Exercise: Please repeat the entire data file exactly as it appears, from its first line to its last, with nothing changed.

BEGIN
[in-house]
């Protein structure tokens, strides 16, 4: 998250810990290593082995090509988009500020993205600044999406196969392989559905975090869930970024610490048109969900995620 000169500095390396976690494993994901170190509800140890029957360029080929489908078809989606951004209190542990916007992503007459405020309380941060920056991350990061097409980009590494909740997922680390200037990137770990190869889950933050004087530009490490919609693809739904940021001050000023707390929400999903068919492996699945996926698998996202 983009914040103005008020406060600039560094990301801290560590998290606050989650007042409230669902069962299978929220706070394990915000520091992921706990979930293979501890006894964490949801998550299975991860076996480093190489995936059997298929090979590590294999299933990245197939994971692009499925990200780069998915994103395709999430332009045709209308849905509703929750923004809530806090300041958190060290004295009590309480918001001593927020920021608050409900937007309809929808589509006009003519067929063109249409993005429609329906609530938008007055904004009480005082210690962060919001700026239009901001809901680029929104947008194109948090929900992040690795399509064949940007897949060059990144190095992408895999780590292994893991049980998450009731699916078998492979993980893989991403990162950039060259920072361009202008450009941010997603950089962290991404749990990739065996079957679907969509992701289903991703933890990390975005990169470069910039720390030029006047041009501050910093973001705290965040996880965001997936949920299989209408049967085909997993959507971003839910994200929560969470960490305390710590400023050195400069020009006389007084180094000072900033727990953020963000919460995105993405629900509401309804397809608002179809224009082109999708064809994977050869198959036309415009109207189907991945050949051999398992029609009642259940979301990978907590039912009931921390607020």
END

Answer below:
[in-house]
């Protein structure tokens, strides 16, 4: 998250810990290593082995090509988009500020993205600044999406196969392989559905975090869930970024610490048109969900995620 000169500095390396976690494993994901170190509800140890029957360029080929489908078809989606951004209190542990916007992503007459405020309380941060920056991350990061097409980009590494909740997922680390200037990137770990190869889950933050004087530009490490919609693809739904940021001050000023707390929400999903068919492996699945996926698998996202 983009914040103005008020406060600039560094990301801290560590998290606050989650007042409230669902069962299978929220706070394990915000520091992921706990979930293979501890006894964490949801998550299975991860076996480093190489995936059997298929090979590590294999299933990245197939994971692009499925990200780069998915994103395709999430332009045709209308849905509703929750923004809530806090300041958190060290004295009590309480918001001593927020920021608050409900937007309809929808589509006009003519067929063109249409993005429609329906609530938008007055904004009480005082210690962060919001700026239009901001809901680029929104947008194109948090929900992040690795399509064949940007897949060059990144190095992408895999780590292994893991049980998450009731699916078998492979993980893989991403990162950039060259920072361009202008450009941010997603950089962290991404749990990739065996079957679907969509992701289903991703933890990390975005990169470069910039720390030029006047041009501050910093973001705290965040996880965001997936949920299989209408049967085909997993959507971003839910994200929560969470960490305390710590400023050195400069020009006389007084180094000072900033727990953020963000919460995105993405629900509401309804397809608002179809224009082109999708064809994977050869198959036309415009109207189907991945050949051999398992029609009642259940979301990978907590039912009931921390607020």